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What is Addiction?

Physical dependence and addiction are often used interchangeably and confused with one another in popular culture. Physical dependence to a substance in and of itself does not mean that a person is addicted to the substance. There are many medications that people take every day that they may be physically dependent upon but that they are definitely not addicted to.

Physical dependence is reflected by tolerance and withdrawal which demonstrates that the body has adapted to the substance. Tolerance is measured by the amount of a substance a person has to take to achieve a certain effect. Withdrawal is the mental or physical symptoms experienced when a substance is stopped immediately.

Addiction often involves physical dependence as a component of a much broader picture. That picture includes continued use of a substance despite negative consequences occurring as a result of the substance use. Those negative consequences and the chaos that results in the person’s life functioning around work, school, relationships, legal involvement, and health is the information considered when diagnosing an addiction. Addiction is a chronic disease involving neurobiology of the brain centered around the reward pathway.

If an individual is physically dependent upon a prescribed medication that is providing a positive outcome for their health and wellbeing, that individual would not be characterized as being addicted. However, if an individual is physically dependent upon a prescribed medication that is providing some positive outcomes but also leading to a number of negative outcomes in their life functioning, that would be cause for concern and further assessment for addictive symptoms.

According to the Surgeon General’s report in 2017, addiction is a chronic brain disease that has the potential for recurrence and recovery. According to a recent study, approximately 1 in 5 Americans ages 18 and over experienced some form of mental disorder. People suffering from addiction possess certain traits. Addictive traits often include an intense focus on using certain substances to the point that it negatively impacts their life.

People suffering from addiction continue using alcohol or other drugs even though they are aware that using these substances may lead to to health issues, family/interpersonal issues, and may also be illegal.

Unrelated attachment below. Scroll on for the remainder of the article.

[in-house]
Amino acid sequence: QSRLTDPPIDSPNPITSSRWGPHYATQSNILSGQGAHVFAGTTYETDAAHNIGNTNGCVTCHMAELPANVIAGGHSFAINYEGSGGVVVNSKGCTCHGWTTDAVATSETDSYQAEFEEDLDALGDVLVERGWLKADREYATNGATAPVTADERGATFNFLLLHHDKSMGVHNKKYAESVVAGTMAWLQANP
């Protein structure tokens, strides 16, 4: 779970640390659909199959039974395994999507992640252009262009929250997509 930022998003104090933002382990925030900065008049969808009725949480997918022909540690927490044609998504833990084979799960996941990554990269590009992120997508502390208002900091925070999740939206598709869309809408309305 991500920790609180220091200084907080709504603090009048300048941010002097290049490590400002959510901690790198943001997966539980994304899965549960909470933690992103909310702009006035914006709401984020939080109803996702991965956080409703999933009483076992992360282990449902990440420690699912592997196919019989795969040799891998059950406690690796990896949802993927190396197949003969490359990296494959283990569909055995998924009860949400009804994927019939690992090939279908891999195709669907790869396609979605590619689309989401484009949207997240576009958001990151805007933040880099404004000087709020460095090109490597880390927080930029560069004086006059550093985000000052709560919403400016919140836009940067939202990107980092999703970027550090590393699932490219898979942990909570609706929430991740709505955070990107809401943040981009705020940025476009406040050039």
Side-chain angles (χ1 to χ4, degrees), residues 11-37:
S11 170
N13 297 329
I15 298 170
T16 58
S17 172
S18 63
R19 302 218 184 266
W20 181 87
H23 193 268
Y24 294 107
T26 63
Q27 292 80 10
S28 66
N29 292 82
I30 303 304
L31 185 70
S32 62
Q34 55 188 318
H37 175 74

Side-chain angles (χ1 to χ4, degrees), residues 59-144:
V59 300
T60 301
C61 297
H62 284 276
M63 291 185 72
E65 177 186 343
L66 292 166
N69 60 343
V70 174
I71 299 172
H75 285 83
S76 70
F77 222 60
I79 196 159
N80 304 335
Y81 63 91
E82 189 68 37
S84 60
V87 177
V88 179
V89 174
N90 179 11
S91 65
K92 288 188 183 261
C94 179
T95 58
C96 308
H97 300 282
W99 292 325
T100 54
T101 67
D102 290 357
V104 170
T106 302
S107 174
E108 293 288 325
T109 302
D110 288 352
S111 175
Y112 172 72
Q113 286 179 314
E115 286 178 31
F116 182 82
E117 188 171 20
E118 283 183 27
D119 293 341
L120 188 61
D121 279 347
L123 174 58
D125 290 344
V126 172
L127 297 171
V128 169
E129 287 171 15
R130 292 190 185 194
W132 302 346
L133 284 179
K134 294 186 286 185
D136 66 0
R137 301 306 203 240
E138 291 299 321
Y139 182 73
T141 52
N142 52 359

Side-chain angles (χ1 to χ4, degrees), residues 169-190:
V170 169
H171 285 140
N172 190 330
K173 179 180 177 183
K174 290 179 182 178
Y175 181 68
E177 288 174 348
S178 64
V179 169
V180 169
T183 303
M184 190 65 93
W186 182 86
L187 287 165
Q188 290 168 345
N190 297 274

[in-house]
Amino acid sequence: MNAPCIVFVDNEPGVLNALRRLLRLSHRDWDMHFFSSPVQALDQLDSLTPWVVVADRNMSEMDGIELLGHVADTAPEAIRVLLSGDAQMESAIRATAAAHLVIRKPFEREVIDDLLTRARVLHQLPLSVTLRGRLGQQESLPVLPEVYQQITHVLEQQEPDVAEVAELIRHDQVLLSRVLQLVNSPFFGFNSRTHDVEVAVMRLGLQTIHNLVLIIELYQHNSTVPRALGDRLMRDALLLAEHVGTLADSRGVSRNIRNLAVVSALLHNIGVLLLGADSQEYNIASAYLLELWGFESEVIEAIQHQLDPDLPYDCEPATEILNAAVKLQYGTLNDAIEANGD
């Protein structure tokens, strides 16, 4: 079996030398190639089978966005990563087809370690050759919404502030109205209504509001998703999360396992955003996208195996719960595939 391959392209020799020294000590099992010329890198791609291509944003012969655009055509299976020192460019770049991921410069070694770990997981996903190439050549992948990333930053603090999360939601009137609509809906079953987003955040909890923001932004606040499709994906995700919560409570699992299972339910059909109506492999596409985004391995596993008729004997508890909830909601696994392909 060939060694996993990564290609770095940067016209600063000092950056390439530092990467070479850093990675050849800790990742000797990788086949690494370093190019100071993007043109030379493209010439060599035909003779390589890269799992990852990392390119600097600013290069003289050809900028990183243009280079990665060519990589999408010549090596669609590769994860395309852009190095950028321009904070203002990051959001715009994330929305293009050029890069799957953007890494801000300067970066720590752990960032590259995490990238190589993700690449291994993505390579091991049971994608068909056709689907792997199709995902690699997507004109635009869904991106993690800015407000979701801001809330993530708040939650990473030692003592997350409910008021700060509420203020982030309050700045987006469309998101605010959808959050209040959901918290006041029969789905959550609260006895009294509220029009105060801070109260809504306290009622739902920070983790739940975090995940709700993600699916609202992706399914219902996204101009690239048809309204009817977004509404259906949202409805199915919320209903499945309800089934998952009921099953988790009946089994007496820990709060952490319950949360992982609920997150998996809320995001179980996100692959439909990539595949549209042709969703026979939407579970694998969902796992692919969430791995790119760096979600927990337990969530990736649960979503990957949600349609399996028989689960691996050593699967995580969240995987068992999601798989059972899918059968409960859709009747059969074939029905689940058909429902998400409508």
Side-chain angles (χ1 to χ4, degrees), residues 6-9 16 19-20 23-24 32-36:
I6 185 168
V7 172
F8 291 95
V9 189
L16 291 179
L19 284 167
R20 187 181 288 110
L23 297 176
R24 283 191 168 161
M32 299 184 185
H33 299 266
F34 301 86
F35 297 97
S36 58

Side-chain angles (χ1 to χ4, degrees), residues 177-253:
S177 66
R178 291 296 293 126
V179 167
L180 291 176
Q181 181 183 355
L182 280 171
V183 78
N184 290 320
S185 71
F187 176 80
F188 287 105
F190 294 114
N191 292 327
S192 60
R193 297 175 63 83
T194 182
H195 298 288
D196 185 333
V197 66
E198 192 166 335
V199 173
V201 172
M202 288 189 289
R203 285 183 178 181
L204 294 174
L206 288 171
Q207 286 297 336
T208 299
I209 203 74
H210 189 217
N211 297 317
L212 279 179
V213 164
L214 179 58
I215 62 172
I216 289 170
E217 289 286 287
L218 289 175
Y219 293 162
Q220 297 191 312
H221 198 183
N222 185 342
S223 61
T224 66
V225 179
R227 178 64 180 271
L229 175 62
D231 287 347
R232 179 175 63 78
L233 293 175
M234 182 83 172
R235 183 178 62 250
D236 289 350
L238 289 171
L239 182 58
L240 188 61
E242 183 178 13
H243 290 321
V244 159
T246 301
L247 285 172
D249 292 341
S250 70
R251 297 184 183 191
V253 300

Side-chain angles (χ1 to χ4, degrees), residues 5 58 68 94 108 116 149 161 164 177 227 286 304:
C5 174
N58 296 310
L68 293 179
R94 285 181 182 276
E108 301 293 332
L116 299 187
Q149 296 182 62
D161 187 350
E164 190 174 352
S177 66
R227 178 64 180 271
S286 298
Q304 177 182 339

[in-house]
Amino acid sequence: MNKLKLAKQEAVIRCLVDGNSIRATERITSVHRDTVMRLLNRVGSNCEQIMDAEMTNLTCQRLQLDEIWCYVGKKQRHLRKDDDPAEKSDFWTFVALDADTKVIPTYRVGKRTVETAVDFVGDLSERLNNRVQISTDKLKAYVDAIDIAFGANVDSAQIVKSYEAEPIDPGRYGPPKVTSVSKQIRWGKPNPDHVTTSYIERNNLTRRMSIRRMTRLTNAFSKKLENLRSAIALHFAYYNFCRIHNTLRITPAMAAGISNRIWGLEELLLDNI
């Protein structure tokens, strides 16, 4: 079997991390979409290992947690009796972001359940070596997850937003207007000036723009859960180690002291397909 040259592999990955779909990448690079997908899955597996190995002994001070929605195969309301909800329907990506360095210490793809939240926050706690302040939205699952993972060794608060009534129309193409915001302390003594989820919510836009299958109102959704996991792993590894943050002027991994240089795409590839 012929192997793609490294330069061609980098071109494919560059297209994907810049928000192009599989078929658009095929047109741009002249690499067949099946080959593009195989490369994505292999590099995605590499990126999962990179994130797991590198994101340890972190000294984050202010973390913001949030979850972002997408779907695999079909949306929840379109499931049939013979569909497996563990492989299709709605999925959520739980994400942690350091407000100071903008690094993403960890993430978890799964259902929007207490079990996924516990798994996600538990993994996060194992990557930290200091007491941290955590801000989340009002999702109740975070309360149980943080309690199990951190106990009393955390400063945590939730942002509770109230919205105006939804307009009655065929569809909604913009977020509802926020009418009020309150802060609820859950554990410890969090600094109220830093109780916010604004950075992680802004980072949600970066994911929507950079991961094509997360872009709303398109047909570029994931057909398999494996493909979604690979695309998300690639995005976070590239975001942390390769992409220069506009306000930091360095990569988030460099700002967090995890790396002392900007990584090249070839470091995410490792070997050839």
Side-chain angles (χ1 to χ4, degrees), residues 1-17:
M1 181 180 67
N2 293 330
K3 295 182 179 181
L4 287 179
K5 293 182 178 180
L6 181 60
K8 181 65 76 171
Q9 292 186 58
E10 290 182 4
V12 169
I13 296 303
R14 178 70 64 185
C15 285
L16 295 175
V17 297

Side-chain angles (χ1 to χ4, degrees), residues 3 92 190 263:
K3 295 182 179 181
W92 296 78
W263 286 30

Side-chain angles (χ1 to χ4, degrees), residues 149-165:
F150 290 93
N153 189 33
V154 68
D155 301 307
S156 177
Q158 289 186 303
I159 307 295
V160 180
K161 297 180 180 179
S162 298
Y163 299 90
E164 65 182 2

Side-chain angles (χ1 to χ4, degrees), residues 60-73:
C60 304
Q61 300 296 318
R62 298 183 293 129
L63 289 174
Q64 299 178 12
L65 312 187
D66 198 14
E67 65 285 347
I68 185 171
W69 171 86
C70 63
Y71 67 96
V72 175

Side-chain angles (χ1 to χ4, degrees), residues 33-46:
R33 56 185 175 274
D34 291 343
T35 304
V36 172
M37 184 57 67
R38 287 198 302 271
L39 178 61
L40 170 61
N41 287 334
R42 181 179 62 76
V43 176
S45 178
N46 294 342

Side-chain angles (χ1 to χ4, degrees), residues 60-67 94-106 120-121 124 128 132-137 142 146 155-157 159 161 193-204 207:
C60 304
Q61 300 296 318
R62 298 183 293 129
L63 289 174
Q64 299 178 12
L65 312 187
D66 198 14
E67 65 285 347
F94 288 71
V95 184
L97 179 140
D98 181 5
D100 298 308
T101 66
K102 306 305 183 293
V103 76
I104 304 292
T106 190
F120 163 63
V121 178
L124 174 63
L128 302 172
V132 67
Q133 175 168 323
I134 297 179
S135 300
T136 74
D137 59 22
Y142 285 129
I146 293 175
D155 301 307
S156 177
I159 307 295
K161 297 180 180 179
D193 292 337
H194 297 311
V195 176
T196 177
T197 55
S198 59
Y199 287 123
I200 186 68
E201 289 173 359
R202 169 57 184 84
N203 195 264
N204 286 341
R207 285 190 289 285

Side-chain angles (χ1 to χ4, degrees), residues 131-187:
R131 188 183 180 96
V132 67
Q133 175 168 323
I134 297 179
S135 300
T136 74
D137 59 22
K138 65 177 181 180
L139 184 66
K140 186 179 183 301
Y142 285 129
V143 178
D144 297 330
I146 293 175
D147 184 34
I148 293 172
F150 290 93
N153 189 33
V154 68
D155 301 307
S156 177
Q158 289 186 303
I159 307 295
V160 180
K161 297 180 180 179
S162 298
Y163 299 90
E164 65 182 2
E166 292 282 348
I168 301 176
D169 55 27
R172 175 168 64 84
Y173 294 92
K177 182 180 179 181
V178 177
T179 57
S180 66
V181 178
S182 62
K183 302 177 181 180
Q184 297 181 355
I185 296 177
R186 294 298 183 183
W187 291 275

There are many similarities between addiction. Substances commonly associated with addiction include:

Common reasons people use to justify their addiction or the reason they began using a substance include:

  • doing better – improve performance
  • fitting in – peer pressure
  • feeling good – the feeling of pleasure of the “high”
  • controlling emotions – relieve stress, feel numb

People with addiction disorders may know they have a problem, but not have the ability to stop using on their own. CKF Addiction Treatment has a variety of treatment options depending on the type of treatment needed.

The misuse of alcohol, tobacco and drugs is the leading cause of preventable illness and premature death.

Symptoms of addiction/substance abuse disorder are grouped into four categories:

  • Social Problems: the substance use interferes with work, school or home. Social, work or leisure activities are given up or decreased because of substance use.
  • Tolerance and Withdrawal Symptoms: larger amounts of the substance are used; absence of the substance leads to physical and/or psychological withdrawal symptoms.
  • Risk-taking Behavior: substance is used in dangerous situations despite knowledge of potential harm/danger.
  • Control: a physical and/or psychological craving for a substance. May include inability to control amount of substance used.

Addiction affects everyone differently. But there is healing and hope for those who reach out. People suffering from substance use disorder have distorted thought processes, emotions and physical changes over time. Addiction causes changes in the user’s brain and can make it dangerous for someone to quit using without proper support.